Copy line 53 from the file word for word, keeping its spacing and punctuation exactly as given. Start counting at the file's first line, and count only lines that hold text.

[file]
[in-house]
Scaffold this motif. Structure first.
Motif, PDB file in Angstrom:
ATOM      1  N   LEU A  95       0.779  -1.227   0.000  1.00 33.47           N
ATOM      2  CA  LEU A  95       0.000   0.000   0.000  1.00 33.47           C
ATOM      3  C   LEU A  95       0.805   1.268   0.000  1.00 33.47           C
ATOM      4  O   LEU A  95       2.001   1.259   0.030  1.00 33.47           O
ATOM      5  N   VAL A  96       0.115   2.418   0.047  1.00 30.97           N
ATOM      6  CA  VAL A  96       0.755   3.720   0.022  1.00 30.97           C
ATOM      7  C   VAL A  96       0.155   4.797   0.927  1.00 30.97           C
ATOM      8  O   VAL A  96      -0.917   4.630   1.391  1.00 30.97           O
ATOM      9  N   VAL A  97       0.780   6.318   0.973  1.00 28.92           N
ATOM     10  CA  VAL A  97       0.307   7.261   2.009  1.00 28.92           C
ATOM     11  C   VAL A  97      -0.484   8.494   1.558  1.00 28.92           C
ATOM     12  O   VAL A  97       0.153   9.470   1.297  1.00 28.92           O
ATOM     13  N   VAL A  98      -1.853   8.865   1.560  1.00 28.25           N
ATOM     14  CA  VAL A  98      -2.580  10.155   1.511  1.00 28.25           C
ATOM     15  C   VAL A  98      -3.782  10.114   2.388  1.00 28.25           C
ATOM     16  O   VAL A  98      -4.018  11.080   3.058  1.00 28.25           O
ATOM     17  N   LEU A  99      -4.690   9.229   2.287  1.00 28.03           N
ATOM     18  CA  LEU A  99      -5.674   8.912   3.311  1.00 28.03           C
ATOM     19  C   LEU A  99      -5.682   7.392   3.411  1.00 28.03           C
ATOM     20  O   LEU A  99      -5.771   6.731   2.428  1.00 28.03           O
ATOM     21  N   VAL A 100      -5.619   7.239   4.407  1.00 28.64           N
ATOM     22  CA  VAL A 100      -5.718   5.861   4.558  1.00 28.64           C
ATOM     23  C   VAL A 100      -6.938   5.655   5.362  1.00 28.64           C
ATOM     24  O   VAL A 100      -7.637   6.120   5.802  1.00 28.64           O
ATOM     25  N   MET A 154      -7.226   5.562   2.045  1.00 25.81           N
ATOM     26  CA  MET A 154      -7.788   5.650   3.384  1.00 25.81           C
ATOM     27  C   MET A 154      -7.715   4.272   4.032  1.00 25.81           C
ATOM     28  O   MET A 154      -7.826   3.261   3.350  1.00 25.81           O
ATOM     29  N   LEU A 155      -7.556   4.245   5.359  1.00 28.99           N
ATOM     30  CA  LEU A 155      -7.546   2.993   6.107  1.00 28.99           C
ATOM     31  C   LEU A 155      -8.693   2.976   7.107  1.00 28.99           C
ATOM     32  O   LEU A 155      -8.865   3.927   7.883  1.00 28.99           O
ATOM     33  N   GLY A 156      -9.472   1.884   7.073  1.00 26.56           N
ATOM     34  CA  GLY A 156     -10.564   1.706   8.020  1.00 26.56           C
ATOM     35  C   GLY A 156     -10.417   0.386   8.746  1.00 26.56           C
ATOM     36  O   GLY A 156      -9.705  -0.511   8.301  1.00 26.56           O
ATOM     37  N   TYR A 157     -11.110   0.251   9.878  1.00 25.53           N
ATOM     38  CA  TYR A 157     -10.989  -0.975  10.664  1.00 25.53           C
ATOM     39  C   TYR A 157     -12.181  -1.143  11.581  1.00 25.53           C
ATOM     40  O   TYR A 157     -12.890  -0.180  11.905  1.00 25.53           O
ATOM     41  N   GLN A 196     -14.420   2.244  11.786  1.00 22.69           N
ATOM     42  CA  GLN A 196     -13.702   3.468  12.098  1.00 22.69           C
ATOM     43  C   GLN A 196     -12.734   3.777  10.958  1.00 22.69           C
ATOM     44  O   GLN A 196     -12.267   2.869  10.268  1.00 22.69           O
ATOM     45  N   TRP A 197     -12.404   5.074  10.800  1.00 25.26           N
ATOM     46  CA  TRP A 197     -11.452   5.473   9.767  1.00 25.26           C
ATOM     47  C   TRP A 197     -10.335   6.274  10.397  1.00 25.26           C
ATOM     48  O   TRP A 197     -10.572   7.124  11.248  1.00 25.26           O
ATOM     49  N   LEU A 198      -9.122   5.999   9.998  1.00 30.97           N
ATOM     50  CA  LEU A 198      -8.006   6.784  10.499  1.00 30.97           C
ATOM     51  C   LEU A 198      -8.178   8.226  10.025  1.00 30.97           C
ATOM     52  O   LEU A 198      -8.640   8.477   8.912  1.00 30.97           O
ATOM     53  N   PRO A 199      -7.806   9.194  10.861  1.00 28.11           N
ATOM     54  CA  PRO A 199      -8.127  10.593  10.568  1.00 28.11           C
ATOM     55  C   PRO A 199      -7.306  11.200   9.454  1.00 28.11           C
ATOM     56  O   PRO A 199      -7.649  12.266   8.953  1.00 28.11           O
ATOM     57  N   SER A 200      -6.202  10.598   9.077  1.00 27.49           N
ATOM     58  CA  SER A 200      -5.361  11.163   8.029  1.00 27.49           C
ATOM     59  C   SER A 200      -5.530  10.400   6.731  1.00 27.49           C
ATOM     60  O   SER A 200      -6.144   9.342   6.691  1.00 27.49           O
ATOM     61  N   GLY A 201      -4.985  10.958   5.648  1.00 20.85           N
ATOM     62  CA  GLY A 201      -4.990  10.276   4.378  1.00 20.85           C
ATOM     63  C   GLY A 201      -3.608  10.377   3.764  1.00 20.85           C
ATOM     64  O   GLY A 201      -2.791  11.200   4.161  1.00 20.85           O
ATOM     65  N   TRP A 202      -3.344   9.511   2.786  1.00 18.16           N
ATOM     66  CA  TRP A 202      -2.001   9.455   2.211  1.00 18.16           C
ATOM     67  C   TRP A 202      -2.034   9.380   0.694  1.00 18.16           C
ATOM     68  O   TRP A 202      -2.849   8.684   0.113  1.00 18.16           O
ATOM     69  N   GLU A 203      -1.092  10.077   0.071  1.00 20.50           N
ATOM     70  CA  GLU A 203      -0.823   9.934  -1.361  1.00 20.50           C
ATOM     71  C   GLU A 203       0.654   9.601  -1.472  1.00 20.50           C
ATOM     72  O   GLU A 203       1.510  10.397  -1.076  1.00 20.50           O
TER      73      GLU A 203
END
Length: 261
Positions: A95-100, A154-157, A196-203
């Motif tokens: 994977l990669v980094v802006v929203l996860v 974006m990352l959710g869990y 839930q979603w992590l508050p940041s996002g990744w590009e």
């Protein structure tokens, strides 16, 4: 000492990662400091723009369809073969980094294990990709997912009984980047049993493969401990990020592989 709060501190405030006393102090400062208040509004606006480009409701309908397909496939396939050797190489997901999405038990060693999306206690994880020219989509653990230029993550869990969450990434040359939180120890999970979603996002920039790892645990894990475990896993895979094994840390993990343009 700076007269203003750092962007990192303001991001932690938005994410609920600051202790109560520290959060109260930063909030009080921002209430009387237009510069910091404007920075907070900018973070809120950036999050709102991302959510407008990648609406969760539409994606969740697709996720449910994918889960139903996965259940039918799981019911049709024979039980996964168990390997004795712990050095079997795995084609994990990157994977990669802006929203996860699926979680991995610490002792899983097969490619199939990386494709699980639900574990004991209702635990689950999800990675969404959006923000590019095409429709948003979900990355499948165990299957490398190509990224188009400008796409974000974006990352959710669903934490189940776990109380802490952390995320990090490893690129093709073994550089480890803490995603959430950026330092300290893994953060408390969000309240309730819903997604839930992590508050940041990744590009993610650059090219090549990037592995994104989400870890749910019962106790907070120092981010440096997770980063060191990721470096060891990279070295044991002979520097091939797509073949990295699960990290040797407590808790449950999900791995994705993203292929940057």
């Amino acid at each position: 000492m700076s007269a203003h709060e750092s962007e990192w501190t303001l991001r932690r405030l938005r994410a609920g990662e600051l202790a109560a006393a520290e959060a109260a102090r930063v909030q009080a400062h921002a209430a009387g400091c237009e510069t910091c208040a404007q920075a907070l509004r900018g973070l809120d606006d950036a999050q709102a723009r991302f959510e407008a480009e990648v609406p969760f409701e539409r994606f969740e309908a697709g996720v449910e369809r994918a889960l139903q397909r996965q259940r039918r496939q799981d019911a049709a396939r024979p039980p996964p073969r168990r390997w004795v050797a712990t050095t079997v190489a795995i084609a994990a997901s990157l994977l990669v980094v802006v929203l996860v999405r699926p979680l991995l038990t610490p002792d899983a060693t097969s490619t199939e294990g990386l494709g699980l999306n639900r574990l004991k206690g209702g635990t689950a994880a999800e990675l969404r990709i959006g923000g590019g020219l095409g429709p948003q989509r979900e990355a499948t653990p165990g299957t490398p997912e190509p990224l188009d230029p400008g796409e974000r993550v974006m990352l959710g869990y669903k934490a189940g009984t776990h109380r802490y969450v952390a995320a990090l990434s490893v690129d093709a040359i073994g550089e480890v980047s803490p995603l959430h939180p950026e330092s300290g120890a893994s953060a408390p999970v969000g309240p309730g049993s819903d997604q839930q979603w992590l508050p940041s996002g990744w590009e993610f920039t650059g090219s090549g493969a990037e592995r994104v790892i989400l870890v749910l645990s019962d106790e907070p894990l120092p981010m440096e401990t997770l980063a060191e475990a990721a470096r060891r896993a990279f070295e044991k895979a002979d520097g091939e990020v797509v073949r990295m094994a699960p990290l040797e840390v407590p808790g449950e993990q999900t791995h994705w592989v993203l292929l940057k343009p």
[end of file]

ATOM     50  CA  LEU A 198      -8.006   6.784  10.499  1.00 30.97           C